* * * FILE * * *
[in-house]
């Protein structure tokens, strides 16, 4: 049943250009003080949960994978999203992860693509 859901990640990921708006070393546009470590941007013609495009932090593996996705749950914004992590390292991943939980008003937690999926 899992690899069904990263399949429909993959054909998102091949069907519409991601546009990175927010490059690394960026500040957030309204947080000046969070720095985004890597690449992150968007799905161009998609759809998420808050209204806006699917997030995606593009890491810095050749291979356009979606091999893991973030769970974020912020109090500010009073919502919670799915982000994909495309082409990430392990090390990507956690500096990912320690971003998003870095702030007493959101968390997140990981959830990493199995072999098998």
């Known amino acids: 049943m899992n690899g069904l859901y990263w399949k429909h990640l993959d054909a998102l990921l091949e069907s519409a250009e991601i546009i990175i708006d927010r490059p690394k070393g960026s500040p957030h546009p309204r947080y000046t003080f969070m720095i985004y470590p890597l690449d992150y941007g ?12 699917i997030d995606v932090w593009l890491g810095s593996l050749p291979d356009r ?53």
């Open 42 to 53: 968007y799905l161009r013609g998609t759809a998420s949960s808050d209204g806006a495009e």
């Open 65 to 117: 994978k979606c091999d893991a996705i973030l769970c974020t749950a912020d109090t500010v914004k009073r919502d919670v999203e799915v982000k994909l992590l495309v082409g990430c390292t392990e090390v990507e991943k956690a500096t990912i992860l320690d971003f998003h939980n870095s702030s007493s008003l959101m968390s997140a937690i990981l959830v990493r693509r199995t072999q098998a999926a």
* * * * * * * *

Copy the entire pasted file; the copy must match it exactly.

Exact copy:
[in-house]
């Protein structure tokens, strides 16, 4: 049943250009003080949960994978999203992860693509 859901990640990921708006070393546009470590941007013609495009932090593996996705749950914004992590390292991943939980008003937690999926 899992690899069904990263399949429909993959054909998102091949069907519409991601546009990175927010490059690394960026500040957030309204947080000046969070720095985004890597690449992150968007799905161009998609759809998420808050209204806006699917997030995606593009890491810095050749291979356009979606091999893991973030769970974020912020109090500010009073919502919670799915982000994909495309082409990430392990090390990507956690500096990912320690971003998003870095702030007493959101968390997140990981959830990493199995072999098998």
């Known amino acids: 049943m899992n690899g069904l859901y990263w399949k429909h990640l993959d054909a998102l990921l091949e069907s519409a250009e991601i546009i990175i708006d927010r490059p690394k070393g960026s500040p957030h546009p309204r947080y000046t003080f969070m720095i985004y470590p890597l690449d992150y941007g ?12 699917i997030d995606v932090w593009l890491g810095s593996l050749p291979d356009r ?53």
């Open 42 to 53: 968007y799905l161009r013609g998609t759809a998420s949960s808050d209204g806006a495009e």
């Open 65 to 117: 994978k979606c091999d893991a996705i973030l769970c974020t749950a912020d109090t500010v914004k009073r919502d919670v999203e799915v982000k994909l992590l495309v082409g990430c390292t392990e090390v990507e991943k956690a500096t990912i992860l320690d971003f998003h939980n870095s702030s007493s008003l959101m968390s997140a937690i990981l959830v990493r693509r199995t072999q098998a999926a």